Why First and Last Payments in Chapter 13 Bankruptcy are the Most Important Payments to Make Timely

Why first and last payments in chapter 13 bankruptcy are the most important payments to make timely. 

In a Chapter 13 bankruptcy, you will make monthly payments to the bankruptcy trustee. The bankruptcy trustee is an official appointed by the United States Trustee Program, a component of the Department of Justice, to administer bankruptcy cases in their region. Part of the trustee’s job is to collect your monthly payment and disburse the funds to your creditors throughout your bankruptcy case. You must make all your payments under your plan to receive a discharge of any remaining qualified debt. Failure to make all payments or to make all payments may result in court denying you a discharge or dismissing your case.  

When is the first payment due to the trustee? 

The first Chapter 13 bankruptcy payment is due within 30 days of filing your Chapter 13 plan. The trustee’s office will send you a letter within a few days of your filing that tells you where to send payments and when payments are due. Your attorney will also cover this during the preparation of your case and send you notices of the due date. In most cases you can have your payment deducted from your check at work (also called employer pay and preferred by the trustee), make payments through a company called TFS, or send a money order or personal check directly to the trustee’s office. 

What you need to make payments on time  

Getting your payments started is crucial to the success of your case. The due date of the first payment is set by statute.  Having a full payment to the trustee by the time of your 341 meeting is the best way to ensure you’re on track with payments. Making ongoing timely payments prevents dismissal of your case, prevents asset loss, and prevents additional attorney’s fees. You are able to monitor your case online through the National Data Center to see who the trustee pays and when payments are sent to your creditors.  

Prevents dismissal/conversion of your case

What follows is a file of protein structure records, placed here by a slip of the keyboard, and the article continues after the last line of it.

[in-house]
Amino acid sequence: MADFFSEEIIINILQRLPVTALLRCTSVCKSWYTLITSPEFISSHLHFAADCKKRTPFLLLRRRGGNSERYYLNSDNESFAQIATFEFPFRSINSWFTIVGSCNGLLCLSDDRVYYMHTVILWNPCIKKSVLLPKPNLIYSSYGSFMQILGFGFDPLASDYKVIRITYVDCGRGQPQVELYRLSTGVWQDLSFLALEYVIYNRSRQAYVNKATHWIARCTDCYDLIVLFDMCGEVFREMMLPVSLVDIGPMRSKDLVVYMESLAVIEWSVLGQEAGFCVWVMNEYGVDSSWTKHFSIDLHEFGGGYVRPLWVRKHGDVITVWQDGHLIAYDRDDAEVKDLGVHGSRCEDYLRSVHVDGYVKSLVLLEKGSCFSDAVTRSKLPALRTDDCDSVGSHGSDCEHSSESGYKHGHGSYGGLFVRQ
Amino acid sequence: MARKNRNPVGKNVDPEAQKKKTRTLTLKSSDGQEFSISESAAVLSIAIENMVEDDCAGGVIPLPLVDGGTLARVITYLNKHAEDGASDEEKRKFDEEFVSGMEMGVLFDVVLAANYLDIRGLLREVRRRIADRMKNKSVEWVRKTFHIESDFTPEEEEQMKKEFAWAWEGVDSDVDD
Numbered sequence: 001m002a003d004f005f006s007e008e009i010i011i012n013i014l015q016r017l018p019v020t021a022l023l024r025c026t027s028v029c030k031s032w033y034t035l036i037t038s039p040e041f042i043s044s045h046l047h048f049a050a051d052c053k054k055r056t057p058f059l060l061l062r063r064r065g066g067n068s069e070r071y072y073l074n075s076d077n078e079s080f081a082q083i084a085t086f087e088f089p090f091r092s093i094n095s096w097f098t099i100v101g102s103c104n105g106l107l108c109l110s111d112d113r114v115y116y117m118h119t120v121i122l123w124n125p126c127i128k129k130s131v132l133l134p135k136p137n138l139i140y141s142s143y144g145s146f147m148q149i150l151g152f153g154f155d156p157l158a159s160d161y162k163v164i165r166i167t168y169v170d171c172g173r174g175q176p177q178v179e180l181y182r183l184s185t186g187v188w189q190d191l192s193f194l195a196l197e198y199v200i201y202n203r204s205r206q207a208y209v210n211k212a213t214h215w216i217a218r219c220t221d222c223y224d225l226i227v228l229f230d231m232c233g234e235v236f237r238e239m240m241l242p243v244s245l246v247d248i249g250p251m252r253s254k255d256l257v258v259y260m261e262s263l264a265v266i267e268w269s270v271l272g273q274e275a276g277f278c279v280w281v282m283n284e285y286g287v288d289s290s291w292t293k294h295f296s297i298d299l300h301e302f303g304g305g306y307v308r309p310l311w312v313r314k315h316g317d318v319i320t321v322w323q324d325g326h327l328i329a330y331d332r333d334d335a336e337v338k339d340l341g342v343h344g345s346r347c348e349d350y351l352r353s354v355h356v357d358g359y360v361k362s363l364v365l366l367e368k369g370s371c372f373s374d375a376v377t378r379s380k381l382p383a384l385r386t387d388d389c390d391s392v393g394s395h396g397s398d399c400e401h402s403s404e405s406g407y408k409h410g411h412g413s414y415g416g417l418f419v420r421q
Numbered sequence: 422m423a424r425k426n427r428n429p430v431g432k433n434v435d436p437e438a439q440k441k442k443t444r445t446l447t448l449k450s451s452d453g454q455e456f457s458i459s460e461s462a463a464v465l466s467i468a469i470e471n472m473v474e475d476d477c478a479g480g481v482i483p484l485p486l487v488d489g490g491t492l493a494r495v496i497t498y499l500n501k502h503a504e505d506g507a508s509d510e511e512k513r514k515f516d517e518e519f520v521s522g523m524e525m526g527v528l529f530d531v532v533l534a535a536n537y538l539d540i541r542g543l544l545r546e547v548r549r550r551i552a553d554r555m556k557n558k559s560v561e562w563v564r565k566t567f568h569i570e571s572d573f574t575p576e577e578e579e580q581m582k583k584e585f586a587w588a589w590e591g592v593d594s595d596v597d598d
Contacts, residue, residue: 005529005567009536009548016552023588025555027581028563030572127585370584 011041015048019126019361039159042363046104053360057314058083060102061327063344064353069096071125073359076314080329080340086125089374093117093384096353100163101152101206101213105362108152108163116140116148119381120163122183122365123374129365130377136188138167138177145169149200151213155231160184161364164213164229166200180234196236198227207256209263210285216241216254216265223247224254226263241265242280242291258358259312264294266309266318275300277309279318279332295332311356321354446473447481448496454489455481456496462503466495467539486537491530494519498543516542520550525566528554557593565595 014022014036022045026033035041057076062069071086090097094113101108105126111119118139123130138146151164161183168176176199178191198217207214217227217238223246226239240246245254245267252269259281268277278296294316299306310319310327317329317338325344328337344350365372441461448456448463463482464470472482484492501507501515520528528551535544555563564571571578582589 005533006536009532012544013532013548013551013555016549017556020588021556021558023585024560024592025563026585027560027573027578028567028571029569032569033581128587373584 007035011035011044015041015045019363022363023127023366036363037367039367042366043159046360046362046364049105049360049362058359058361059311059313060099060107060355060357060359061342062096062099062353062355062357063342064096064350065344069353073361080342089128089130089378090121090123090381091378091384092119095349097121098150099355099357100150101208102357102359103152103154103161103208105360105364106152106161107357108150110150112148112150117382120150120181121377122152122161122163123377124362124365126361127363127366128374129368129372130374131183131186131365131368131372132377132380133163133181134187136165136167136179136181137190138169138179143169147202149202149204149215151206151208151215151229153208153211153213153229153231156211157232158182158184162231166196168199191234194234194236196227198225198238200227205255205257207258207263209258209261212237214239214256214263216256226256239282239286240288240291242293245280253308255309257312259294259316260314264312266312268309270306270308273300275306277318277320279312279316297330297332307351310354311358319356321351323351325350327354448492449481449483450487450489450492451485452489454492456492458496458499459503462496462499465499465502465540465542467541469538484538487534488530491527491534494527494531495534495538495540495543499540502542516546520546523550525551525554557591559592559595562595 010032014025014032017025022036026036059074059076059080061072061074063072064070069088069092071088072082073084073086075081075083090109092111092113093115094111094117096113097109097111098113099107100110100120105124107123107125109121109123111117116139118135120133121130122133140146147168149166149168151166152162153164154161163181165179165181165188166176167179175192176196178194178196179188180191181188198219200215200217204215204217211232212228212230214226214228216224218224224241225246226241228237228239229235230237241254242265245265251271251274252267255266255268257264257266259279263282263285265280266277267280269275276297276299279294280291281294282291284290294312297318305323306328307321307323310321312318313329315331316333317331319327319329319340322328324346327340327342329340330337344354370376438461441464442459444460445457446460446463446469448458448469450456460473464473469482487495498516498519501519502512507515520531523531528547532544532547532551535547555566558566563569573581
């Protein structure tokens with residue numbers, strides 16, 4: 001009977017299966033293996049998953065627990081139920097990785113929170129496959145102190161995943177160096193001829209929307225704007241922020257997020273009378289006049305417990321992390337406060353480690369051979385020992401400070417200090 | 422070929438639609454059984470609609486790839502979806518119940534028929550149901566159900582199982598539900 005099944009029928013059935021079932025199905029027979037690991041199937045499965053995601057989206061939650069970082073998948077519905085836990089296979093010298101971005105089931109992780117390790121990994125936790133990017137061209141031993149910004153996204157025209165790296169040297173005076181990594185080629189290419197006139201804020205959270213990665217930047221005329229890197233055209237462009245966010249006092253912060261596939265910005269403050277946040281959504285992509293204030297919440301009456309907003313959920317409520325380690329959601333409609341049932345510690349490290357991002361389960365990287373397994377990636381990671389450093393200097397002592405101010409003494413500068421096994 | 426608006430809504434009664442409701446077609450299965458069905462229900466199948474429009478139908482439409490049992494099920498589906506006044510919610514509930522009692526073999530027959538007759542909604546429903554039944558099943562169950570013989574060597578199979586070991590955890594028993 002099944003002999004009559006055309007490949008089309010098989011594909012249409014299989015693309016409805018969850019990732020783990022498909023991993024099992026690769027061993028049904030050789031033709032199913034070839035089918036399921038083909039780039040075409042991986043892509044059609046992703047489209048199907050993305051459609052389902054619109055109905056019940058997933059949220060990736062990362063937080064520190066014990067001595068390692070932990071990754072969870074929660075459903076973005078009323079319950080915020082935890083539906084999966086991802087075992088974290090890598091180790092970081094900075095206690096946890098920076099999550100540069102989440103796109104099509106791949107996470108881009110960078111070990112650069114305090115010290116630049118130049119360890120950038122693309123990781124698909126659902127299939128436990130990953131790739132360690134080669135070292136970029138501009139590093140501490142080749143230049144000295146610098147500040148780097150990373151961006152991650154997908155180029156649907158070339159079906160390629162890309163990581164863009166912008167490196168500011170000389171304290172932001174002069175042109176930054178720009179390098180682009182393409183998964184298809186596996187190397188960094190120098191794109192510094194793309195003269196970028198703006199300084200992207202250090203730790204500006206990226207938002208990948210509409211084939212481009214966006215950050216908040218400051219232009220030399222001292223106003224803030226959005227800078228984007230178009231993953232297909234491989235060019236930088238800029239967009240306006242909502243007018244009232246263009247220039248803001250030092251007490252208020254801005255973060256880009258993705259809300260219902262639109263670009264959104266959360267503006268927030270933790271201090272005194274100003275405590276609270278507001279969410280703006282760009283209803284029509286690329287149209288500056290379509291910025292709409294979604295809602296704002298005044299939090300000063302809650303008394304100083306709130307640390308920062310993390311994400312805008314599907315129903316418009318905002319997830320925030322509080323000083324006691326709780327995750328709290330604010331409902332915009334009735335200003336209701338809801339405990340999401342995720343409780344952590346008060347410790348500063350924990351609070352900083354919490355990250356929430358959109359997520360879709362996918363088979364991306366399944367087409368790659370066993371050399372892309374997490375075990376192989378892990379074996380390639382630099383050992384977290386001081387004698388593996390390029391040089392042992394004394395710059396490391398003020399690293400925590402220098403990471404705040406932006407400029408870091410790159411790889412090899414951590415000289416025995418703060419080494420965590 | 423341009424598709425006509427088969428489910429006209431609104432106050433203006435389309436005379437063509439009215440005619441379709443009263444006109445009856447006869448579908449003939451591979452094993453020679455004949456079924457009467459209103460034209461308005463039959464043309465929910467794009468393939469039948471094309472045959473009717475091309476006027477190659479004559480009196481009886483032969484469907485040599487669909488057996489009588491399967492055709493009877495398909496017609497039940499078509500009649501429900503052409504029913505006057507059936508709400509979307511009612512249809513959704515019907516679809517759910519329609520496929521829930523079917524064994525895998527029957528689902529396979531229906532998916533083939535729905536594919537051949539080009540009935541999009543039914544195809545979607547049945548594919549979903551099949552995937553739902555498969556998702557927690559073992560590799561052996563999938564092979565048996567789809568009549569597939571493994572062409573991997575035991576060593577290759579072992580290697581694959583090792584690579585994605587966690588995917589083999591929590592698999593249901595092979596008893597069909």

If you do not make the first bankruptcy plan payment within 30 days, the trustee often files a motion asking the court to dismiss your case, or you will have two payments to be made in a short period of time. Remember, if your case gets dismissed, your creditors can resume collection activities such as repossession of assets, foreclosure, or garnishments. The trustee may also request your case be converted into a Chapter 7 bankruptcy case, where it’s possible you could lose assets you were trying to protect in your Chapter 13 case.  

Prevents asset loss 

The trustee disburses your monthly payment to specific creditors listed in your Chapter 13 plan. Often, payments are used to pay for a car, house, or another asset you are trying to keep. If you do not make your monthly payment, and your creditor does not get paid, your creditor can ask the court to allow them to take the property back during bankruptcy (e.g., through repossession or foreclosure) and you could lose the asset, even if you are able to avoid your case being dismissed. 

Prevents additional attorney’s fees 

If you get behind on payments, your attorney will likely charge additional fees to “reset” the missed payments and cure the failure to make timely payments.  You want to avoid additional court appearance for your attorney if at all possible since that time could be billed to your case.

Why making the last payment on time is important 

After receiving all required plan payments, the trustee will issue a notice of plan completion. The trustee will then issue a final report and the bankruptcy judge will enter an order of discharge in the case and qualified debts will be discharged. A recent court decision, In re Kinney, No.20-1122, 2021 WL 3123644 (10th Cir. July 23, 2021), now requires that all payments must be made within 60 months and there is no leniency to this time period.1 While most cases do not run that long, some will run as long as 60 months.  Making a payment even a month after

 the 60 month period could cause the trustee to request your case be dismissed or request that your discharge be denied.

A chapter 13 bankruptcy is complex and it helps to understand that much of what goes on is mandatory.  The first payment is required to be made within 30 days and the last payment before 60 months has run (although many cases run no more than 36 months).  Please contact us if you have questions about how a bankruptcy could help you.  One of our bankruptcy attorneys will be happy to go over things with you.

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